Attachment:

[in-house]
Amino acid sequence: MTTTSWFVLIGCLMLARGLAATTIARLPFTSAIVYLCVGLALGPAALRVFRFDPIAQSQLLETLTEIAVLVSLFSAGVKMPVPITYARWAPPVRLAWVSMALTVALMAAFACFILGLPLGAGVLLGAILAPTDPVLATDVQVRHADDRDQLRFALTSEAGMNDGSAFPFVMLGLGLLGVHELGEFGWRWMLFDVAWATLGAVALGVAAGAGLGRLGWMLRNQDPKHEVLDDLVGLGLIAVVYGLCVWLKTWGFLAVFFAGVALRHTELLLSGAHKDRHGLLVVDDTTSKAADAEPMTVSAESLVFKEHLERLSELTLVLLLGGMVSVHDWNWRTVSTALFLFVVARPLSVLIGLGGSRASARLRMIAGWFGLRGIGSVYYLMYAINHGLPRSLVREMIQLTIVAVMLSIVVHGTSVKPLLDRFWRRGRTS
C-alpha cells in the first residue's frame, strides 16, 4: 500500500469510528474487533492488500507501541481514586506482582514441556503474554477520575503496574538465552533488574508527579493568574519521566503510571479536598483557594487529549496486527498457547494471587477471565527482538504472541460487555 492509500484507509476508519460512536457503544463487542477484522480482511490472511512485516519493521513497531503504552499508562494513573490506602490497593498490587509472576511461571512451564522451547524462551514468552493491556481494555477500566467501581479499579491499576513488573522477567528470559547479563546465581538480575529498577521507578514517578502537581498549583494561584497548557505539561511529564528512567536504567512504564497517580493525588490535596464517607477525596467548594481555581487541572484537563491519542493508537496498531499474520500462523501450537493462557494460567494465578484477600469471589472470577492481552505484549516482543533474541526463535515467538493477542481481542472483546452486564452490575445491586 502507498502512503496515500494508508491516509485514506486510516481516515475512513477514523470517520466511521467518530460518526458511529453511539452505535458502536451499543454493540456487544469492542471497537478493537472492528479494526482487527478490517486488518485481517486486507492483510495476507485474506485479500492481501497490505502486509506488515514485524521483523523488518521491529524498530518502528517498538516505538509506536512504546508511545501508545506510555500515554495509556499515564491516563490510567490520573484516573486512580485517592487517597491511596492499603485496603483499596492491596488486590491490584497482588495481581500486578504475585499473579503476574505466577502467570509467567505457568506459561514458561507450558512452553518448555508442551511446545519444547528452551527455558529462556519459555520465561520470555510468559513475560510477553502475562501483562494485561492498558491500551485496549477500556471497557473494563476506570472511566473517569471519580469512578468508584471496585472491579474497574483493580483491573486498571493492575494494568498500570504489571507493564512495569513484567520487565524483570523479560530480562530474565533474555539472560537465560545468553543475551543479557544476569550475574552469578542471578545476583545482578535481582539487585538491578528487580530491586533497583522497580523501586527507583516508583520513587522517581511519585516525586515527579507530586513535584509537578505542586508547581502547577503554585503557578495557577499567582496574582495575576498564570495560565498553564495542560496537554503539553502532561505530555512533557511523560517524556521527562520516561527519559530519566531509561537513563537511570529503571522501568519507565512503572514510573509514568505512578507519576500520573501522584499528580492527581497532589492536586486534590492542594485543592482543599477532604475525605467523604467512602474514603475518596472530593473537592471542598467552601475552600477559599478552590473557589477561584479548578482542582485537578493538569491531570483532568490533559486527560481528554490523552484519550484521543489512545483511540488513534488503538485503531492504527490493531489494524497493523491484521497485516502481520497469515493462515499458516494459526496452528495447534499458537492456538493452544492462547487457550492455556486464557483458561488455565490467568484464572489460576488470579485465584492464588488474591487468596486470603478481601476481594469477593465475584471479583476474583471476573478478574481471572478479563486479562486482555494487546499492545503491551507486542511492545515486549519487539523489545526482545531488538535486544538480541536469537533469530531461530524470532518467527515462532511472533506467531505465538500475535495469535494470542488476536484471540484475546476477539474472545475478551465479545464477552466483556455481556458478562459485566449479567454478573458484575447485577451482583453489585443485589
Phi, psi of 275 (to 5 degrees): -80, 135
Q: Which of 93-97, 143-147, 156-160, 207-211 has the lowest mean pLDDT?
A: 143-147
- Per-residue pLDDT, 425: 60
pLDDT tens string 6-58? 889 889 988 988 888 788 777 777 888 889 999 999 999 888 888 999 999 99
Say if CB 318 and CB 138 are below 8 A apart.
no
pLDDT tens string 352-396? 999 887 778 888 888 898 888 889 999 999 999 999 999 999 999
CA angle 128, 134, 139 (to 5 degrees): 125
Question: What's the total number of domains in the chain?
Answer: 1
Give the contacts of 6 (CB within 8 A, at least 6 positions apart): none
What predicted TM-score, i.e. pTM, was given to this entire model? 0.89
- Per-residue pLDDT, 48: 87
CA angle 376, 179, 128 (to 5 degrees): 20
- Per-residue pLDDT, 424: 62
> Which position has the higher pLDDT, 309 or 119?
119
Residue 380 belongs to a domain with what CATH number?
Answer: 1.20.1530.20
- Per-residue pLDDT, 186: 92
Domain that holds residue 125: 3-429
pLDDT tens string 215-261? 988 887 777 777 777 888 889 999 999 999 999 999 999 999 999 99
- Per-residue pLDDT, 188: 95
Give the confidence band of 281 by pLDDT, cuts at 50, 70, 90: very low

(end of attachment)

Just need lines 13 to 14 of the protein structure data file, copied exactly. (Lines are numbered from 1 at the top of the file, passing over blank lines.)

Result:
Question: What's the total number of domains in the chain?
Answer: 1